Jay-Z. I don’t think anybody can not appreciate Jay-Z for what he does. Like, everything that people hate about mainstream hip-hop they all can equate to Jay-Z because he’s done all that stuff. He has like the “Big Pimpin’” songs and the fuckin’ earn money and fuckin’ women songs, but those were his singles. If you listen to Jay-Z’s debut album cuts, he’s an intentionally good lyricist and intentionally good with words. He knows what he’s doing: He didn’t really fight anybody else; everybody else kind of jumped on what he was doin’. That makes him a pioneer in a way a lot of people are not pioneers. So I give Jay-Z credit where it’s due. I give Lil’ Wayne credit where it’s due because it takes a lot to be an entire personality in hip-hop. And that dude rapes his ass off on mixtapes that most of America doesn’t even hear: Between Tha Carter II and Tha Carter III, that guy made, like, seven full-length records that just didn’t come out in mainstream areas. So I respect Wayne, I respect Jay-Z, I respect Nas and anybody that came up doin’ it that way and who still kind of have their own feel to it. I respect those people. I don’t have a general hate for mainstream hip-hop: I think I was misquoted a long time ago and it came out that way, but I will say that a lot of it’s fucking boring-ass garbage. [Laughs.]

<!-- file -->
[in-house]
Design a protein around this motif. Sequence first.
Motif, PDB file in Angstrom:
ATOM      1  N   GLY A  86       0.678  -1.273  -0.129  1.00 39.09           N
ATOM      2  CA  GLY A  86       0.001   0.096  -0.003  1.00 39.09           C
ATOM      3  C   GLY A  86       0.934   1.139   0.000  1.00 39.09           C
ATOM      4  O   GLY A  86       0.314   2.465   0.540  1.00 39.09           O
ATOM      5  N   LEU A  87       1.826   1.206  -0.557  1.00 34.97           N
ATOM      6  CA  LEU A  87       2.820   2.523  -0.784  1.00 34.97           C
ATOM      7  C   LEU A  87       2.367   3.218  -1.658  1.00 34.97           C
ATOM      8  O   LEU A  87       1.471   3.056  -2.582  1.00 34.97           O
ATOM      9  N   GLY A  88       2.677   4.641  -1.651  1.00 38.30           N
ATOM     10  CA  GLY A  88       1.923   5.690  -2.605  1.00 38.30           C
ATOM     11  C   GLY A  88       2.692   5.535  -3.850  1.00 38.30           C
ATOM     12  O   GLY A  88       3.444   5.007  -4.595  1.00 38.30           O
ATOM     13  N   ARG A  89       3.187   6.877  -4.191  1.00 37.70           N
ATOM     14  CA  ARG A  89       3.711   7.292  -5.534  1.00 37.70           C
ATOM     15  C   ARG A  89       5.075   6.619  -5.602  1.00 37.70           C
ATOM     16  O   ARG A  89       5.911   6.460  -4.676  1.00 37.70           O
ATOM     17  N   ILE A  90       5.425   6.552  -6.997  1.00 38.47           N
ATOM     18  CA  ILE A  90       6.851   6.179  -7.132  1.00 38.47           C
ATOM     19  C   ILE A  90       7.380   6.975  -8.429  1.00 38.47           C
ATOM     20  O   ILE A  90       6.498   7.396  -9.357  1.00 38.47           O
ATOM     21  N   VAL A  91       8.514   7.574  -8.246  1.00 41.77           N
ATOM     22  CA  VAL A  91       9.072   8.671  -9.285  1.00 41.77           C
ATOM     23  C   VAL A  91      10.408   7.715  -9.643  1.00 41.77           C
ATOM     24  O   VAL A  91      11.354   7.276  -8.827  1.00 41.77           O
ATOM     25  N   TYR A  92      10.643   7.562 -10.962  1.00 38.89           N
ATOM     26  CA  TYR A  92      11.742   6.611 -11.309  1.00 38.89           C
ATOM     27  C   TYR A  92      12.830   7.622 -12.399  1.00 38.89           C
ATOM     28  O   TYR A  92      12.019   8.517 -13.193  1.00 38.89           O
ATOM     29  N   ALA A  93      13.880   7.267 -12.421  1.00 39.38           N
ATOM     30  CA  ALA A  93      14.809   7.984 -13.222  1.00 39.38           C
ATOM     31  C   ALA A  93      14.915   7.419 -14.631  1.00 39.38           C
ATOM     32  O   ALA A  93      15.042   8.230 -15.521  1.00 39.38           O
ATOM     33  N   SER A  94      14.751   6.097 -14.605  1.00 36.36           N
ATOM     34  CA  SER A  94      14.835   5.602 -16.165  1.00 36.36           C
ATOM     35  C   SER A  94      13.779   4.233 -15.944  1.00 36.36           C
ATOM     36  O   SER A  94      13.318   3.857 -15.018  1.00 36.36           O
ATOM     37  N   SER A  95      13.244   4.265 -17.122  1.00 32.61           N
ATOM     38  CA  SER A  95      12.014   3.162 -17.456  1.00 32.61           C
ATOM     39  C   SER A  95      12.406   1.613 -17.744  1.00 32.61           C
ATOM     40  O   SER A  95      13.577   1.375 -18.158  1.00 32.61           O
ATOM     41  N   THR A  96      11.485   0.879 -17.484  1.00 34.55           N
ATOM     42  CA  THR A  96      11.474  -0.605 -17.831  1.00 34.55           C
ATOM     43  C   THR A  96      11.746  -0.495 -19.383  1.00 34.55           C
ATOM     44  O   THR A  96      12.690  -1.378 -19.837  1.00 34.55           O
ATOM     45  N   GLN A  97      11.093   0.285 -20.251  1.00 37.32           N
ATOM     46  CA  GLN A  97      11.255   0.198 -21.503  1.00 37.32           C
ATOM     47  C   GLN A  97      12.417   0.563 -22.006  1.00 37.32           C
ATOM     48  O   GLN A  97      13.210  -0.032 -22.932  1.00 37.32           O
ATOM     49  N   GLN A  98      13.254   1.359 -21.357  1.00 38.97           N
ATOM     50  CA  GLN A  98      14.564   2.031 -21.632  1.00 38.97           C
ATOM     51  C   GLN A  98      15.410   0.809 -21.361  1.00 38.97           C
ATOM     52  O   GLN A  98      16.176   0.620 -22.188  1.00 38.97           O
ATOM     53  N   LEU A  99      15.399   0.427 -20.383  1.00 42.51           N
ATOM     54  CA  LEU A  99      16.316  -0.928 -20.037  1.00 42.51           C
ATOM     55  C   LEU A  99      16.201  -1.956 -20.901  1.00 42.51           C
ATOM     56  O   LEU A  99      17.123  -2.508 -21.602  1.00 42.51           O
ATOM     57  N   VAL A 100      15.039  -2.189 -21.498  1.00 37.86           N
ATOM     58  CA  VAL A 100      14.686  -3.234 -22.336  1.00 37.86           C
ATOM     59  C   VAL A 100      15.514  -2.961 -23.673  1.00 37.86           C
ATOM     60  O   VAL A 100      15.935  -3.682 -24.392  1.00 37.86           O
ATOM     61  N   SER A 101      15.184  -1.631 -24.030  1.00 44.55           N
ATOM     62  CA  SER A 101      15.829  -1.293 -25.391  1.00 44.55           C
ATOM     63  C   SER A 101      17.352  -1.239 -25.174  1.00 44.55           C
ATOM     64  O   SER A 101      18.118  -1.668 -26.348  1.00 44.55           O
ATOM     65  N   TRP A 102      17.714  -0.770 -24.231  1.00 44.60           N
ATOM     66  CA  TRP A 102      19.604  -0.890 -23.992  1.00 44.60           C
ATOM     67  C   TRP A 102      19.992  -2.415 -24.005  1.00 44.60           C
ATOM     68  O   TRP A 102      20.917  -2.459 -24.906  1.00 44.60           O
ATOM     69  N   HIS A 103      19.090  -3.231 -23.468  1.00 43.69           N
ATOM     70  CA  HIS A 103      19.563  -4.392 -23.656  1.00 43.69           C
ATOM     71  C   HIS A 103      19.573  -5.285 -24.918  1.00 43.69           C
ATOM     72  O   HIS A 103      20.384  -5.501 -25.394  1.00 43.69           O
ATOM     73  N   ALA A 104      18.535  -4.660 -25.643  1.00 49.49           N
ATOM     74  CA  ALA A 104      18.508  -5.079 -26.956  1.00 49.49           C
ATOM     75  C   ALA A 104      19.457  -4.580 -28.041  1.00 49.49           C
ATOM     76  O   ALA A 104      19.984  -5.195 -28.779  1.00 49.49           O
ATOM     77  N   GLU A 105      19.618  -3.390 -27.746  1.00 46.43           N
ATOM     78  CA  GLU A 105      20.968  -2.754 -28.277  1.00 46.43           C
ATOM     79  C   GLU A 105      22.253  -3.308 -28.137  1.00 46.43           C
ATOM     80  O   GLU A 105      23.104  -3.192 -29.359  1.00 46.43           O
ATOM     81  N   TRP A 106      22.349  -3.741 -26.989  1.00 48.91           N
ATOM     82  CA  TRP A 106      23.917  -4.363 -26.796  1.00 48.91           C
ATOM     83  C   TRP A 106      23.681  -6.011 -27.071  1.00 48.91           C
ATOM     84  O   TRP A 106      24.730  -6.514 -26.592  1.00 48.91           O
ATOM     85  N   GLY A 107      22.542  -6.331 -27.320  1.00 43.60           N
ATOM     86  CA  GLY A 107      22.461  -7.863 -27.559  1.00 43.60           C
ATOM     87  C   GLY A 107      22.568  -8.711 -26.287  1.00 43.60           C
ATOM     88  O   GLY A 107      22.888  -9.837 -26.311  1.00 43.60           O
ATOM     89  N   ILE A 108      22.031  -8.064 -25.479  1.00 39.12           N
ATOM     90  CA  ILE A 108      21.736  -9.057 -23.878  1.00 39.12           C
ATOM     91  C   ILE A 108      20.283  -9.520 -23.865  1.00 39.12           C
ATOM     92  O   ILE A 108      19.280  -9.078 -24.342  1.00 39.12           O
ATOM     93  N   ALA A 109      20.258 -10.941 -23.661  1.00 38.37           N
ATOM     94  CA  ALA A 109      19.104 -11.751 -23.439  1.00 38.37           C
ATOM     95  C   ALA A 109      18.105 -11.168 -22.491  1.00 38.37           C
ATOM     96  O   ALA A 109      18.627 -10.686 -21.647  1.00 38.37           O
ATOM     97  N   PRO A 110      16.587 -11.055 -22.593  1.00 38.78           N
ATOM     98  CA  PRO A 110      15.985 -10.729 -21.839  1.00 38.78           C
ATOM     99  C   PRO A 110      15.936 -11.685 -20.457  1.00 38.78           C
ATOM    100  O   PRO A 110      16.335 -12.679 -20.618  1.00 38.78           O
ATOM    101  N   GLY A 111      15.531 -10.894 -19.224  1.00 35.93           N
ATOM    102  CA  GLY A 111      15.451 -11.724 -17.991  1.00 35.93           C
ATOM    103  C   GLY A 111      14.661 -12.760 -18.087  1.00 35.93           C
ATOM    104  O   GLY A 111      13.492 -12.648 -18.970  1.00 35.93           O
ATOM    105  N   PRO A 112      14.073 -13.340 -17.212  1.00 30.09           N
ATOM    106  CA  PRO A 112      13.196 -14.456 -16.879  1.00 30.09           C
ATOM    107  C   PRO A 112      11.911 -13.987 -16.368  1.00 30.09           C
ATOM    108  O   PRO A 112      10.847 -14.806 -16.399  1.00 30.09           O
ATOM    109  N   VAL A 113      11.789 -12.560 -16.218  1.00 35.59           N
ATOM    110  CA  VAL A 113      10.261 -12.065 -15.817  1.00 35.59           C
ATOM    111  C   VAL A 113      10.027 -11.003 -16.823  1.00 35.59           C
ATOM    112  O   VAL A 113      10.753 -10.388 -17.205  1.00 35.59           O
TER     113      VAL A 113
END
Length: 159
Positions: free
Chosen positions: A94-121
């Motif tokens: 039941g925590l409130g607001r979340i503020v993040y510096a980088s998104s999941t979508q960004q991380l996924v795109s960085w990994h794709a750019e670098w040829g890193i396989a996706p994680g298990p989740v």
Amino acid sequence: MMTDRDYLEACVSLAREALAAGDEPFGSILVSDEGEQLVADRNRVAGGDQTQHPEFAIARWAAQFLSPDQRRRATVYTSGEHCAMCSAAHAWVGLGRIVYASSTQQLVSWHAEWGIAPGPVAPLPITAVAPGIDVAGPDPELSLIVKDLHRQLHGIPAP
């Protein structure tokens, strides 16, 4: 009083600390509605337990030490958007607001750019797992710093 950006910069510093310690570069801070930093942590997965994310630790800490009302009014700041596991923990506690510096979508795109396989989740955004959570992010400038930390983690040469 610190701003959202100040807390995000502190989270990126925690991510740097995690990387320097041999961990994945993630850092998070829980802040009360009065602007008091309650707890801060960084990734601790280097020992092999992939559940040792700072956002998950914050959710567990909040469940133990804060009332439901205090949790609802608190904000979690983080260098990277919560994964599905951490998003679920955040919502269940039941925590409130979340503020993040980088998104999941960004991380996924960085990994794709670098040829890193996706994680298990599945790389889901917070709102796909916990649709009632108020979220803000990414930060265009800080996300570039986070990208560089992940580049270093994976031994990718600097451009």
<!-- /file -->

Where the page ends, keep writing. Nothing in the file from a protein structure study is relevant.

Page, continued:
So what do you find yourself constantly listening to today?
I’ve been listening to the Silversun Pickups new record, Swoon I just picked that one up on a whim and it’s blowing my mind. I’ve been listening to that; I’ve been listening to the Paul and Linda McCartney record called Ram. I’ve been listening to Miss Machine by Dillinger Escape Plan. I’ve been listening to Innerpartysystem just because we’re on [Warped Tour] together, and they’re good. They’re one of those few bands that are sticking out to me as pretty excellent.

P.O.S. Wouldn’t Exist Without

REFUSED: “They took chances within their genre at such an early stage before anybody else was really taking chances in their genre”

COMPANY FLOW: “They made hip-hop sound like fuckin’ Fugazi way before any other rapper had ever done that kind of thing.”

SPOON: “They make pop songs, but kind of turn them on their head. Spoon’s one of those bands that make straight-up, like, Beatles-ass pop songs but they fuckin’ produce them and make them in such a way that they’re interesting to listen to over and over and over and over and over and over and over and over again.” alt